Leaked results of an internal New York City Police Department survey show that over half of the cops currently on the force regret joining.
In the midst of decreased support for cops from the city and increased protests, New York’s police force has grown unsatisfied with their profession, wishing they had never entered in the first place. The Department asked 5,935 of its force to respond to a poll, which was obtained by the New York Post. The survey was taken in March.
The results showed that 79% of the force felt that things would only get worse in the future. A whopping 56% said they would not enter the force if they had to do it over again, with 46% saying they believe the public disrespects them (42% disagreeing) and 44% saying the public distrusts them (41% disagreeing).
However, the highest statistic came from the 80% that said they feel trepidation towards fighting crime aggressively due to the fear related to criminal liability, lawsuits, or unfair discipline.
In 2016, 6,000 members of the NYPD were surveyed and asked similar questions. That year, over half said they hated their jobs. 87% also said the city became “less safe” after DeBlasio took office and 55% described the city as “a lot less safe”.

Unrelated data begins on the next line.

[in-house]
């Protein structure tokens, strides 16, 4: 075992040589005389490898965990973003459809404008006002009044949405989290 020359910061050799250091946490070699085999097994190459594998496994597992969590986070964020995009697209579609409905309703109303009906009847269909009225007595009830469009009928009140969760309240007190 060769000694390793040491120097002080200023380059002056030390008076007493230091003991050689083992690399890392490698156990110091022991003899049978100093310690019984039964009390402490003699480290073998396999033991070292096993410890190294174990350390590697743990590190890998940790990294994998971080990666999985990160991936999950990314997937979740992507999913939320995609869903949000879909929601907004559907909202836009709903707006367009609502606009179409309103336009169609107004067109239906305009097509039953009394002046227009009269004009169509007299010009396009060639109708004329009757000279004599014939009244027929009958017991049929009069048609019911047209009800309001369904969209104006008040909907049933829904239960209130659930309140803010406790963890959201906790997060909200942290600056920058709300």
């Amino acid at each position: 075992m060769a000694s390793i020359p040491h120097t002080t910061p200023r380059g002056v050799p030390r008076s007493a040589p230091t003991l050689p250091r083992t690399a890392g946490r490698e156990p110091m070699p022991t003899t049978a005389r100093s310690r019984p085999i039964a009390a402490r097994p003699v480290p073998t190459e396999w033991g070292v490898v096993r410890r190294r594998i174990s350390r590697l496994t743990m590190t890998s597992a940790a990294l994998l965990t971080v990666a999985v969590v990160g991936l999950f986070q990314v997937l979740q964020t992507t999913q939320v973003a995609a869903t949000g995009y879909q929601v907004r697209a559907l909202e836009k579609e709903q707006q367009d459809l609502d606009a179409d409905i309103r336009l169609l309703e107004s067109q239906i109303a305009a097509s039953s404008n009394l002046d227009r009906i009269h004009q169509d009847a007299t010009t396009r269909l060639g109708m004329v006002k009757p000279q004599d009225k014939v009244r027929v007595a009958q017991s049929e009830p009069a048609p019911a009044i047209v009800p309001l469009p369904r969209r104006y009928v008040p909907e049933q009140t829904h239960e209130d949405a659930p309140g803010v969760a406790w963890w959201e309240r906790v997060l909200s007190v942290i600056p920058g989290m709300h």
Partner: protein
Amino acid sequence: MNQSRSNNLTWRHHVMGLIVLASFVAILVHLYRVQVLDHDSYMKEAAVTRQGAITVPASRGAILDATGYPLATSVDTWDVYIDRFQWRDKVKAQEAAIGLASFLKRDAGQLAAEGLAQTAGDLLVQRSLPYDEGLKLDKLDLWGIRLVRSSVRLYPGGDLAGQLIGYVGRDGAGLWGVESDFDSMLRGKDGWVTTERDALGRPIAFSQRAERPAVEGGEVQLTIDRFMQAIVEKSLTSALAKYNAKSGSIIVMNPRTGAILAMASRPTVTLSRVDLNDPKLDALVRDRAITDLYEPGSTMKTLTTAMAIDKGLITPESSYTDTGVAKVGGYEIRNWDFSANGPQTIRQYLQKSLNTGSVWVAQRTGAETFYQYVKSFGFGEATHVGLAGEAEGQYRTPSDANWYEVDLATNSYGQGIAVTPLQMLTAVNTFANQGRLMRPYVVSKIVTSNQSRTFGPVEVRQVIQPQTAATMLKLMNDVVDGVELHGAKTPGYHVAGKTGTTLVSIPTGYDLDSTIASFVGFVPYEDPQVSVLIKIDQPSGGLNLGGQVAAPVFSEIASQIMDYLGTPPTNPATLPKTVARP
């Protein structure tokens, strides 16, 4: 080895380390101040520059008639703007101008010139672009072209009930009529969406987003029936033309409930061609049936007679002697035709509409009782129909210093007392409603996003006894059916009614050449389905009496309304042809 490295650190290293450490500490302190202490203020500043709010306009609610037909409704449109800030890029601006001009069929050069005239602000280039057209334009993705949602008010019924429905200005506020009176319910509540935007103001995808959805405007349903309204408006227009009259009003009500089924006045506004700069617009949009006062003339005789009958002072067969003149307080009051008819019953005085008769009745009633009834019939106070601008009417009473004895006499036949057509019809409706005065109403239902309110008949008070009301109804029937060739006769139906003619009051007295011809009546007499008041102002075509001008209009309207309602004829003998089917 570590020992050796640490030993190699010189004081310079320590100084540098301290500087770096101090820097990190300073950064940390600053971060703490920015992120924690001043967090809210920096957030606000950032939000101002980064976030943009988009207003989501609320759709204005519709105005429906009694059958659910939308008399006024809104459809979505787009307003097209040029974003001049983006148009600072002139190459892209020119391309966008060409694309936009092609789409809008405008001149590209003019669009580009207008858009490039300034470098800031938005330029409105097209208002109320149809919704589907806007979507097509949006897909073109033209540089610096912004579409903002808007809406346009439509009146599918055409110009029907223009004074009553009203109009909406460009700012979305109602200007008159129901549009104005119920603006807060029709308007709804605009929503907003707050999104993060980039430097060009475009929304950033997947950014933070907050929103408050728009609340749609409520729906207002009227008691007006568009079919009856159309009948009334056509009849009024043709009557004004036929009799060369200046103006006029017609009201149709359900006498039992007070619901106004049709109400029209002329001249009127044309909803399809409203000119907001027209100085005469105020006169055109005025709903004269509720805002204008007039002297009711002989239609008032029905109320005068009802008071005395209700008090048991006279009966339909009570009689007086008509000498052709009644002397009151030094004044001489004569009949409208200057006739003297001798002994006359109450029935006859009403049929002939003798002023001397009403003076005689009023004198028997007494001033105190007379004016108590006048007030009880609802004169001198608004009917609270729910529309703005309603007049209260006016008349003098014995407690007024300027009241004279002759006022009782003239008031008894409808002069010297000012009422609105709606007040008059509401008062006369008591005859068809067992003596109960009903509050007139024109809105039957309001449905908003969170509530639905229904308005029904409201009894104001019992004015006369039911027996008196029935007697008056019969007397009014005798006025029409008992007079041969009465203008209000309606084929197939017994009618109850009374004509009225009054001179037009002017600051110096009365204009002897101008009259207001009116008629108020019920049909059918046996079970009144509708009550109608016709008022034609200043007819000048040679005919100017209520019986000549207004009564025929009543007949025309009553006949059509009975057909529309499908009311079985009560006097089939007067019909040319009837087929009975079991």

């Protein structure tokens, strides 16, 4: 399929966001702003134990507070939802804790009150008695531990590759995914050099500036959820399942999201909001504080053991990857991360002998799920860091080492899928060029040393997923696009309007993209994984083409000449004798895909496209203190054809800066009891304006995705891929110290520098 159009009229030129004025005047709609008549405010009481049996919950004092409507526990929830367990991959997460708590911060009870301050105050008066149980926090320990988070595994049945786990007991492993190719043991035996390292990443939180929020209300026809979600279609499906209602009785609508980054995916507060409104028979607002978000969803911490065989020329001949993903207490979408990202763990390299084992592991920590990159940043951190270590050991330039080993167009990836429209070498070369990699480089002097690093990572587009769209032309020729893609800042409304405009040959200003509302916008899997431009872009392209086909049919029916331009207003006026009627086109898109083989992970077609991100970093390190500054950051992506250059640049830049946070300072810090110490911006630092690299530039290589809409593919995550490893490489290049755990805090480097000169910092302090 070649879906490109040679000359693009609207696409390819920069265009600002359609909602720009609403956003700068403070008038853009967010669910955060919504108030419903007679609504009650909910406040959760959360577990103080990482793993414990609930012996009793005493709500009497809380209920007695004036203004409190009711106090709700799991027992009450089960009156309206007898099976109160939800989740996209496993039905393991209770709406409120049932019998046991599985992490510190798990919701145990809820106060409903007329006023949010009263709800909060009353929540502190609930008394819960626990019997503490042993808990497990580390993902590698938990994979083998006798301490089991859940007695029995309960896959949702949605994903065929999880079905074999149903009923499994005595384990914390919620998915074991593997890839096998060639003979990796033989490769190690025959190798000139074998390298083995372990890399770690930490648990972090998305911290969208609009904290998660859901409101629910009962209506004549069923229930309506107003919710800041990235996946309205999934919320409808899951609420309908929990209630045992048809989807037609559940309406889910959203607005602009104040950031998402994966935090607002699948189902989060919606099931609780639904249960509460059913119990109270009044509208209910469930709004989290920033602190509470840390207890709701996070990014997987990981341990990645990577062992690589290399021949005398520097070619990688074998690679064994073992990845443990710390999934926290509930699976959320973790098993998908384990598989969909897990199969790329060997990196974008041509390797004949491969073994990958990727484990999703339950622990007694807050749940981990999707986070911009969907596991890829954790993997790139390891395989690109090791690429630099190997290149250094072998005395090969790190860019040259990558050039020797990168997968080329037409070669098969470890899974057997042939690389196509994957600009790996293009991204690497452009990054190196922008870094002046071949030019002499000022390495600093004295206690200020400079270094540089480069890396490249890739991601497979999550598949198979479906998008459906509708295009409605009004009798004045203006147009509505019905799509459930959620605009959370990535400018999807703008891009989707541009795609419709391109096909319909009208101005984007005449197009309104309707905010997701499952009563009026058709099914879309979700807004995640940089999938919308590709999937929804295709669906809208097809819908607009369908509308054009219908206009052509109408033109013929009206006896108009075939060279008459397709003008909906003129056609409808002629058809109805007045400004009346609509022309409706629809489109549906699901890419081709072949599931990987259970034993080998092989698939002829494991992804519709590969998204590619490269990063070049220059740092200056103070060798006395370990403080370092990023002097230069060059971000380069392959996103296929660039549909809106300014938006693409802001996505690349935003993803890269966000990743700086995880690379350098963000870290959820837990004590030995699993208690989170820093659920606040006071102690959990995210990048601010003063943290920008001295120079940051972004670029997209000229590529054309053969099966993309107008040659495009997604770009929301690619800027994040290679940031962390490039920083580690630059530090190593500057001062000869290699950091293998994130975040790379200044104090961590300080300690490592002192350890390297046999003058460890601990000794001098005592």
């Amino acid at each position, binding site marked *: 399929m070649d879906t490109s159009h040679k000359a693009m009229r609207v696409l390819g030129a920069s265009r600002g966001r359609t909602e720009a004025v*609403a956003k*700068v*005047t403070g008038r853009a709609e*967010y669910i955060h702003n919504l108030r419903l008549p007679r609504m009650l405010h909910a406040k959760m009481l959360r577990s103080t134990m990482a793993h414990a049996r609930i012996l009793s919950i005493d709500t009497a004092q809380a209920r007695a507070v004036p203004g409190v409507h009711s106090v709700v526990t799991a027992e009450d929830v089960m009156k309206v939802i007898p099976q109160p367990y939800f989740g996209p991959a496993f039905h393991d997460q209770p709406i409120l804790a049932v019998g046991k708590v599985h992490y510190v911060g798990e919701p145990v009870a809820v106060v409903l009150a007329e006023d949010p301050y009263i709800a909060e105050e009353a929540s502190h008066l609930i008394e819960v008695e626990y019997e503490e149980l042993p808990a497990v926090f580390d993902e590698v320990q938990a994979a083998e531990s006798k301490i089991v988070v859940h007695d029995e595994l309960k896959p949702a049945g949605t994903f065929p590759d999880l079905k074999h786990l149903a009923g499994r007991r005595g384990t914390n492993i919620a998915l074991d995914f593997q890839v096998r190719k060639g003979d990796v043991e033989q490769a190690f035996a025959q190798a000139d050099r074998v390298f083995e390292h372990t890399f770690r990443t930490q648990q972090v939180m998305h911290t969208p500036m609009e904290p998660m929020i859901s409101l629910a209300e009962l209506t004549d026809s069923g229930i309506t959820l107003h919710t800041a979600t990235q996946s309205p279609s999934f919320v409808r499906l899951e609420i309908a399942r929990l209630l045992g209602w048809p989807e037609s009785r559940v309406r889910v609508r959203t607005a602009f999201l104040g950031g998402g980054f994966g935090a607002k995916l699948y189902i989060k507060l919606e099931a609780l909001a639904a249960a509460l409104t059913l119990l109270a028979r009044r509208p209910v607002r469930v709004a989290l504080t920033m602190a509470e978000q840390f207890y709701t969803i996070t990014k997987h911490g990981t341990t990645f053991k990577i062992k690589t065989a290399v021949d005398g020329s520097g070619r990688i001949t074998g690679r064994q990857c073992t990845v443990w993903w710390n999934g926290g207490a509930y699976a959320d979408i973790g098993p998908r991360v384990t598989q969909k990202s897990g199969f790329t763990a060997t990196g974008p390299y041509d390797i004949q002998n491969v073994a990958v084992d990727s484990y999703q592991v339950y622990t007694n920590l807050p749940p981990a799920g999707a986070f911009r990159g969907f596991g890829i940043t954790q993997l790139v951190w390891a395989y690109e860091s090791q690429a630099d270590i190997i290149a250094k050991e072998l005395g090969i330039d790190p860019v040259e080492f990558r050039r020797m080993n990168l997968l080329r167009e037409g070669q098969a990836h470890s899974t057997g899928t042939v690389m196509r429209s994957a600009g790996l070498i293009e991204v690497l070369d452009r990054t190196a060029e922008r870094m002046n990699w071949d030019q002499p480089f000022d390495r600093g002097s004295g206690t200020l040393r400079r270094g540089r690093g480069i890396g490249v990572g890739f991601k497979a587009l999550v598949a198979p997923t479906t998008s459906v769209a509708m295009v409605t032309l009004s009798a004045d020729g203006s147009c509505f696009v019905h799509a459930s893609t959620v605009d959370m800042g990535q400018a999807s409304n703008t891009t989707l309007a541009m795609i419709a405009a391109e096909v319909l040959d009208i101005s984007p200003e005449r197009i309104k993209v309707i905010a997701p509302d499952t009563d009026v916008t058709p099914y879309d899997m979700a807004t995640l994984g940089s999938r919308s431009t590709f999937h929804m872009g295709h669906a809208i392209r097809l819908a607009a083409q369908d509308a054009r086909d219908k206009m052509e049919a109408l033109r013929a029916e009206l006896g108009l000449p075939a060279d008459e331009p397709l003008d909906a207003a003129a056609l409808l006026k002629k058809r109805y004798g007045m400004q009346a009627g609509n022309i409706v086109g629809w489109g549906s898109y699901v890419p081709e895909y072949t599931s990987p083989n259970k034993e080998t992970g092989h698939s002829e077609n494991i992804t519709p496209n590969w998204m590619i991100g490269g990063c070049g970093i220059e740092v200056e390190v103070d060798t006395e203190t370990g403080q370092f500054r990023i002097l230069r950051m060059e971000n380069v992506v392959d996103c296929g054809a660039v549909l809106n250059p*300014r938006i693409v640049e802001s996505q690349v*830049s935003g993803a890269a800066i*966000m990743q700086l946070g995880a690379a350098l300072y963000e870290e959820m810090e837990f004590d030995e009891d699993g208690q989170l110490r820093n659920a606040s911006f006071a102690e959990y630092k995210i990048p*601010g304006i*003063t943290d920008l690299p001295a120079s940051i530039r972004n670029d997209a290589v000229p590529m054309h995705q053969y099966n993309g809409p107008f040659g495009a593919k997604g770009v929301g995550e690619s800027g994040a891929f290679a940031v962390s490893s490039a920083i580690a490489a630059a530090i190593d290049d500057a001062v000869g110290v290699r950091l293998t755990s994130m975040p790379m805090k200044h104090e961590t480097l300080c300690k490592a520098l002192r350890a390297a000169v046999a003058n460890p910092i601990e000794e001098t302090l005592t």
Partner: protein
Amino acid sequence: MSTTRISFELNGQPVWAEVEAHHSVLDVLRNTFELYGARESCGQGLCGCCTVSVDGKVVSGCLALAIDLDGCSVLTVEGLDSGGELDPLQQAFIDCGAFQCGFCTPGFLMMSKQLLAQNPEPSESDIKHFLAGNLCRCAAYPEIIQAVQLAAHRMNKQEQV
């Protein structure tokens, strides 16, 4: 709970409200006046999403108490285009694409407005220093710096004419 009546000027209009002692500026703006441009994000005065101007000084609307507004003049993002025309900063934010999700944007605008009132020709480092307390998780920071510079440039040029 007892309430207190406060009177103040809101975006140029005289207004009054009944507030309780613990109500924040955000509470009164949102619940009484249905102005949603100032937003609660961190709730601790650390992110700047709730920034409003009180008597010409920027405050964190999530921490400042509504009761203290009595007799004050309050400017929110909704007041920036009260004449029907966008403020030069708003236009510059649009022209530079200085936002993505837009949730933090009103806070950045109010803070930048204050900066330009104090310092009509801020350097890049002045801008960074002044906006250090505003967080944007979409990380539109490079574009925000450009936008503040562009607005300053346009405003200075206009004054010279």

Several police reforms were passed by the city council earlier this year. One ended qualified immunity for cops, which previously prevented civil lawsuits. This resulted in 73% saying the public’s relationship with cops was not good. One cop, identifying himself only as Dan, said he would be retiring before the end of the year and was excited to “run out of here”. He also said that despite his family’s generations of cops, he had discouraged his son from joining the force.
Former NYPD sergeant and current professor at John Jay College of Criminal Justice, Joseph Giacalone commented, “This doesn’t look good for [Mayor-elect] Adams. Not only is he inheriting a lot of bad legislature from the City Council and Albany, it sounds like he’s getting an apathetic police department.”
He added, “I don’t blame the cops. DAs that don’t prosecute, feckless politicians, removal of [enforcement of] quality-of-life crimes. What can they do? Damned if you do and damned if you don’t. The ‘Don’t’ part sounds like a lot less trouble to get in.”